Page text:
Pistons' Dwane Casey: Capitol events a 'great attack on our democracy'
Like many Americans, Pistons coach Dwane Casey was keeping tabs on the stunning events unfolding Wednesday afternoon at the Capitol in Washington D.C.
Casey and the Pistons, in Milwaukee for Wednesday night’s matchup against the Bucks, tried to focus on their business trip, but a historic day in the nation’s capital provided time for reflection.
“As a father and husband and human being, (it was hard to watch) the situation that happened at our Capitol today — our house, the people's house — to be stormed like that and overtaken, basically,” Casey said. “Whoever it was — I don't know if it was a group or whoever it is — but it was malicious and dangerous and a great attack on our democracy. That is concerning and far more dangerous and important than basketball.”
Throughout the day, the protests in the morning turned into violence around the Capitol, with the mob breaking windows and entering the Senate and House chambers, taking photos and posting them to social media.
It was a history-making day to behold, but nothing like Casey, 63, saw while he was growing up in the South in the 1960s.
“It wasn't anything like this. It wasn't an attack on our country, maybe on racist people but not an attack on the country, so to speak. It's our country — and we're all in this, Republicans, Democrats, Independents — whatever it is, it doesn't matter,” Casey said. “It's our country that was being attacked and our Capitol building. It's as bad but it's an attack on our country, so if you're a patriot or if you're an American citizen, it should concern you to see that happen to our Capitol.”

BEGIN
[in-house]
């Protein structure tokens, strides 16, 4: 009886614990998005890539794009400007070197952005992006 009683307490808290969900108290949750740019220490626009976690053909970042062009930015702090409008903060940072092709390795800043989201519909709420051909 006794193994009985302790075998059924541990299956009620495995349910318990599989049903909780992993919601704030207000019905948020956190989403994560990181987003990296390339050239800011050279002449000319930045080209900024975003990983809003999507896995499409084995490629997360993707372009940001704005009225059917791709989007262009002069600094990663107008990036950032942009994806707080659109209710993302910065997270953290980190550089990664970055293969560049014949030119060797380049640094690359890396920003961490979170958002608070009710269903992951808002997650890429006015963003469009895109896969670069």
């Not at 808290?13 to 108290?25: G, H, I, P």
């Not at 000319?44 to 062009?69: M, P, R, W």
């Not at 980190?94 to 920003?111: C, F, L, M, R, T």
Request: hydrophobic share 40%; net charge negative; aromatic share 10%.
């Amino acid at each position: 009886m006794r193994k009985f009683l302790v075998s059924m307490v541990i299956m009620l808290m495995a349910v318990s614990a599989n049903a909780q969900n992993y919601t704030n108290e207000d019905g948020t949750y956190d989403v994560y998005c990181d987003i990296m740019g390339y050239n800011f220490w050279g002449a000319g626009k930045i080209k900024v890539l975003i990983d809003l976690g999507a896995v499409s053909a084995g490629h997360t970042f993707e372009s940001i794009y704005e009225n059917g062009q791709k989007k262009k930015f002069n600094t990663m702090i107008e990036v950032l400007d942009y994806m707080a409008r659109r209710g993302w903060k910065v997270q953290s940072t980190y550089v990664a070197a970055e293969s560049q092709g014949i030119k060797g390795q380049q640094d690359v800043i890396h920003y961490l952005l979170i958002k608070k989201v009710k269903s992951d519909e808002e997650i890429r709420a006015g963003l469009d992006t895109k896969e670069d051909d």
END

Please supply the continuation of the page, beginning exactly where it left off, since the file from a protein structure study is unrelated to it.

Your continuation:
Trying to focus on basketball during a time that the country is undergoing more serious issues of the court could be tough for players.
The Bucks, who were going through the aftermath of the decision this week not to charge the officers involved in the Jacob Blake shooting, have another issue to worry about. Coach Mike Budenholzer was shocked by the events at the Capitol.
“It's very disturbing and hard to watch and process how something like this could be happening,” Budenholzer said. “It's very unfortunate and very frustrating.”